19. The processor-readable medium of claim 18, wherein the operating environment comprises a vehicle and at least one of the validation and identification codes comprises a vehicle identification number (VIN).
20. The processor-readable medium of claim 18, wherein the processor-controlled system comprises an audio system.
21. The processor-readable medium of claim 20, wherein the decrypted set of instructions comprises processor-executable instructions for configuring the audio system to recognize a compressed audio format.
22. A processor-readable medium comprising:
a set of processor-executable instructions for configuring a processor-controlled system operating in an operating environment; and
a validation code encrypted into the set of processor-executable instructions,
wherein the set of processor-executable instructions is configured to be executed only if the validation code matches an identification code unique to the operating environment.
23. The processor-readable medium of claim 22, wherein the operating environment comprises a vehicle and at least one of the validation and identification codes comprises a vehicle identification number (VIN).
24. The processor-readable medium of claim 22, wherein the processor-controlled system comprises an audio system.
25. The processor-readable medium of claim 24, wherein the set of processor-executable instructions comprises processor-executable instructions for configuring the audio system to recognize a compressed audio format.
26. A processor-controlled system operating in an operating environment, the processor-controlled system comprising:
an input subsystem configured to receive an encrypted set of instructions; and
a processor coupled to the input subsystem and configured to
decrypt the encrypted set of instructions to generate a validation code,
compare the validation code with a identification code unique to the operating environment, and
configure the processor-controlled system as a function of the decrypted set of instructions only if the validation code matches the identification code.
27. The processor-controlled system of claim 26, wherein the operating environment comprises a vehicle and at least one of the validation and identification codes comprises a vehicle identification number (VIN).
28. The processor-controlled system of claim 26, wherein the processor-controlled system comprises an audio system.
29. The processor-controlled system of claim 28, wherein the processor is further configured to configure the audio system to recognize a compressed audio format.
30. The processor-controlled system of claim 26, wherein the processor is further configured to receive the identification code from another system operating in the operating environment.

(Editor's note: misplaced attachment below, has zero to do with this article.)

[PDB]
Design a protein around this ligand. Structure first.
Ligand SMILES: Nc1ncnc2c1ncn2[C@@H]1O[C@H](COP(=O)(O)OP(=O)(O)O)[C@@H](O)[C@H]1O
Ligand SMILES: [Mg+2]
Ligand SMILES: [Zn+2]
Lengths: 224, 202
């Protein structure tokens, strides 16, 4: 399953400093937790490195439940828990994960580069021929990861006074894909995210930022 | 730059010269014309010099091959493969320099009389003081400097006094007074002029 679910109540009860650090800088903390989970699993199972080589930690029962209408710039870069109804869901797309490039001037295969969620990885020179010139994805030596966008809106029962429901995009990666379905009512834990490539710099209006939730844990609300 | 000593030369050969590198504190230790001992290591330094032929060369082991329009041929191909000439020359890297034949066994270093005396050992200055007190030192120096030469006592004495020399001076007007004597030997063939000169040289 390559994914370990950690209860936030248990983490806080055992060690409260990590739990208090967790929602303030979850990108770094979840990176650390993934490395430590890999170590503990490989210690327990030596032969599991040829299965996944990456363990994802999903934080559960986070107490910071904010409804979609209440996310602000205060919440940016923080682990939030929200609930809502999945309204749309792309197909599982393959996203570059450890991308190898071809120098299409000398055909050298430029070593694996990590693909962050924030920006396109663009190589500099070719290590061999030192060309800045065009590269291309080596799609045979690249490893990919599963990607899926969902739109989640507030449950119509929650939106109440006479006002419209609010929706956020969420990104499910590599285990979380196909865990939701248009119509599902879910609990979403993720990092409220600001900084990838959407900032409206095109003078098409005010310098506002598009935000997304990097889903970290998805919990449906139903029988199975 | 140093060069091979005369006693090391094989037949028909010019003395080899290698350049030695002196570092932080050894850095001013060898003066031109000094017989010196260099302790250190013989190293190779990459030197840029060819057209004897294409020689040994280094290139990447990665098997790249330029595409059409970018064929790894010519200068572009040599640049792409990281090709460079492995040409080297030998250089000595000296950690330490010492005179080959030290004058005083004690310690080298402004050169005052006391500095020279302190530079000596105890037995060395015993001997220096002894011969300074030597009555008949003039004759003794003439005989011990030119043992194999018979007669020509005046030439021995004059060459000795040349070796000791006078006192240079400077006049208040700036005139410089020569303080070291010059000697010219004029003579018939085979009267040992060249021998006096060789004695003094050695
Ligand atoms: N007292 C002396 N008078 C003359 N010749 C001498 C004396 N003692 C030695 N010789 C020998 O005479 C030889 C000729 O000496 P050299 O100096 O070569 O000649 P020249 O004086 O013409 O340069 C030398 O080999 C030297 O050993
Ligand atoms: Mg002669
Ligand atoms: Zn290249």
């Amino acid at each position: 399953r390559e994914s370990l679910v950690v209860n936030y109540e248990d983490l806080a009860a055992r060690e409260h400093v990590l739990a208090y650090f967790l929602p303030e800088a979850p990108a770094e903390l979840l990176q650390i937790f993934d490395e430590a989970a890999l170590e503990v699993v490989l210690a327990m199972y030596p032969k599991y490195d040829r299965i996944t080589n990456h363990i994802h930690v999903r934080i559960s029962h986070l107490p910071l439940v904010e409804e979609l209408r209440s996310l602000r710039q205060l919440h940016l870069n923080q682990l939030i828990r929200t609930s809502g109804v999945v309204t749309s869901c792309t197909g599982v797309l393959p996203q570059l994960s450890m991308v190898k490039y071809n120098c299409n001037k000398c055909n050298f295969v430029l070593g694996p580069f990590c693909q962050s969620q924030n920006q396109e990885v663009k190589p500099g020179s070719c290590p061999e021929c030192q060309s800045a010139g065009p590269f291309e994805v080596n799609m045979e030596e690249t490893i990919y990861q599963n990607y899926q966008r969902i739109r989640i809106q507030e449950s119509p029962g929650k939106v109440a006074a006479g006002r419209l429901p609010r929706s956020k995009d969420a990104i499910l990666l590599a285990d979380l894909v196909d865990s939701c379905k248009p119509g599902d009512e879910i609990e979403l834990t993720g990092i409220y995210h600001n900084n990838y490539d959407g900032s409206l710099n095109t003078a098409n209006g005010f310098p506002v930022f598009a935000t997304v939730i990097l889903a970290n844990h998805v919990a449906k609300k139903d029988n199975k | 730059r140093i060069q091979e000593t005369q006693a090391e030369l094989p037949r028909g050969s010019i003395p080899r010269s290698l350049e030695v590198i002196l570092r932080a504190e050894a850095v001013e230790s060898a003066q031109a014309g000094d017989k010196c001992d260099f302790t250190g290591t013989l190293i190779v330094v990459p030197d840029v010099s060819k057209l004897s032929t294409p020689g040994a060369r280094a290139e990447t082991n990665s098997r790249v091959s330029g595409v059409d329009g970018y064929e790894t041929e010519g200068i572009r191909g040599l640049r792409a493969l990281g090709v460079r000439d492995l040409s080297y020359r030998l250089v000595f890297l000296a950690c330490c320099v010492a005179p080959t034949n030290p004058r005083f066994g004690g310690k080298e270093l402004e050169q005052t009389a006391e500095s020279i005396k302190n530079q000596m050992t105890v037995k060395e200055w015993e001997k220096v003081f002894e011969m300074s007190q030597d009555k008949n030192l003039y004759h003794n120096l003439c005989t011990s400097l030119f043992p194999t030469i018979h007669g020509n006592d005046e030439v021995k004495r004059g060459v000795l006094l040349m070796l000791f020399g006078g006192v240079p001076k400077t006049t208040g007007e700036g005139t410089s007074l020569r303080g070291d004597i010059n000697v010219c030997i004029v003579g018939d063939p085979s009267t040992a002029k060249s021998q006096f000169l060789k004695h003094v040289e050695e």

31. The processor-controlled system of claim 26, wherein the input subsystem comprises at least one of a CD player configured to read a CD-ROM disc and a wireless communication device configured to receive a wireless signal.
Description
TECHNICAL BACKGROUND

[0001] The present invention relates generally to software systems. More particularly, the present invention relates to license management techniques for such software systems.

BACKGROUND OF THE INVENTION

[0002] Vehicle audio systems provide information and entertainment to many motorists daily. These audio systems typically include an AM/FM radio receiver. In addition, many vehicle audio systems include devices for listening to previously recorded media, such as cassettes and compact discs (CDs). Some vehicle audio systems also have video capabilities, e.g., a digital versatile disc (DVD) player.

[0003] Traditionally, consumers have acquired music by purchasing CDs through conventional distribution channels. These distribution channels, while effective, have nonetheless presented certain limitations. For example, some consumers may be reluctant to purchase a CD on the basis of a single song heard on the radio. In addition, traditional distribution channels tend to favor established artists, who enjoy the marketing benefits of major recording labels. Unestablished artists, by comparison, often experience significant obstacles in distributing their work. These limitations have contributed to the growing use of the Internet to distribute music. In particular, various file sharing networks allow users to download and listen to audio files. File sharing networks overcome some of the limitations of traditional distribution channels. For example, music can be acquired on a song-by-song basis. In addition, unestablished artists can distribute their work directly to consumers on file sharing networks without the need of a recording label. For these reasons, the Internet has become an increasingly popular distribution channel.